adjustments if you misjudged the ball.
   – If you coast toward the ball and you find out the ball is going
     to land farther away than anticipated, you may not have time
     to get to that spot.
• Run on the Balls of your feet, not on your Heels
   – Run hard and try to keep more on the front part of your feet
     and the ball will stay steady in your vision.
   – If you run on your heels toward a fly ball, you will notice that
     the ball is bouncing. This often happens when you coast
     toward the ball.
        Outfield Skills – Fly balls
• Get Behind The Ball
  – You will dramatically improve your velocity & the
    time required to throw the ball if you get behind
    the ball as it comes down and start moving in the
    direction of your target as you catch the ball.
            Outfield Skills – Fly balls
• Circle The Ball
   – Sometimes you have to sprint as fast as you can just to have an
     opportunity to catch a ball.
   – Other times the ball will be hit high enough that you will have extra
     time to get yourself in a good position to get behind the ball.
   – One technique that will help you get in position is to circle the ball.
       • With a ball hit to your side it's risky to try and take a direct angle to
         cut it off. If you miss judge the distance and speed at all, the ball may
         get by you.
       • By taking an angle that is deeper you can circle behind the ball and
         catch it moving forward with the ball in front of you. While it might
         take slightly longer to get to the ball, you will be in a better position to
         not only catch it but make an accurate throw.
   – The diagrams below show the incorrect angle and proper angle to
     take when running to the ball.
         Outfield Skills – Fly balls
• Circle The Ball
  – The diagrams show the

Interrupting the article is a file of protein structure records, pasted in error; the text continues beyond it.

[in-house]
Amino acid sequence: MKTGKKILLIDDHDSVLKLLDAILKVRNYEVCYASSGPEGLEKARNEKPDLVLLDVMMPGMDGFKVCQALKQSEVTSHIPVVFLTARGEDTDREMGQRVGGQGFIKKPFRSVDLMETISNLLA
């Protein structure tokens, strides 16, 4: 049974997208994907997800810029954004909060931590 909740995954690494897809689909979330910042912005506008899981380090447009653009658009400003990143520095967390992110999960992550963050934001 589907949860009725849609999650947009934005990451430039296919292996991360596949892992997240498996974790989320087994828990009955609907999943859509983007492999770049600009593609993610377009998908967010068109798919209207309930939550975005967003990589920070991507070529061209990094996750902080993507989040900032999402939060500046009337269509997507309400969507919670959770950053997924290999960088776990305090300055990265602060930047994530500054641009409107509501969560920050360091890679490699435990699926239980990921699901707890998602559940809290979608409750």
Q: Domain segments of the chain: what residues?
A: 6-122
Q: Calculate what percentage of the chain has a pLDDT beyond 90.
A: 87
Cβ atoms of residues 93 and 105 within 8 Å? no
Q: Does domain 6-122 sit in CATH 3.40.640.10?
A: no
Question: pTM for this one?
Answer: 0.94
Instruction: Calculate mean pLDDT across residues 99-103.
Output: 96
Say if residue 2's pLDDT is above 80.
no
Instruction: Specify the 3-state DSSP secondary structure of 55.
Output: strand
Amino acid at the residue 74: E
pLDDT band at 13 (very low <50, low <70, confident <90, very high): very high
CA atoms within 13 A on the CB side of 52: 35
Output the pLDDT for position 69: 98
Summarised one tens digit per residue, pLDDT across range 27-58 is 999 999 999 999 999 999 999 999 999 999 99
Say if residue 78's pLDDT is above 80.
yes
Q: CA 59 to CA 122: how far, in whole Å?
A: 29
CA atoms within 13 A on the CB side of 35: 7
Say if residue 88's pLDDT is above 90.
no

incorrect angle and
    proper angle to take
    when running to the ball.
           Outfield Skills – Fly balls
• Turn Your Back
  – When dropping back on a ball hit directly over your head, it's
    important that you drop to your throwing hand side.
  – If you drop straight back on your glove hand side, turning your
    back on a ball on the other side will require you to make a
    backhanded catch. This is a more difficult play.
  – By dropping back on your throwing hand side, you are in position
    to turn your back quickly to the ball if it's curving toward the line.
    This is common for a right-handed right fielder or a left-handed left
    fielder. The turn should be made as quickly as possible.
           Outfield Skills – Fly balls
• Inside Turn
   – The inside turn is used when you are going after a fly ball at an
     angle and you need to change directions.
   – You will plant and push off with your outside leg and open up with
     your trailing leg in order to change directions.
   – The advantage to the inside turn is that you can keep your eye on
     the ball the entire time.
               Outfield Skills – Fly balls
• Playing the Fly Ball in the Sun
    – The Jump
         • It's important to get a good jump on the ball and quickly anticipate where it will land.
         • Often the ball is lost soon after being hit, which means your first analysis of where the ball
           is going to land is essential.
    – Listen
         • If you lose the ball in the sun, continue in the direction of where you believe it will land.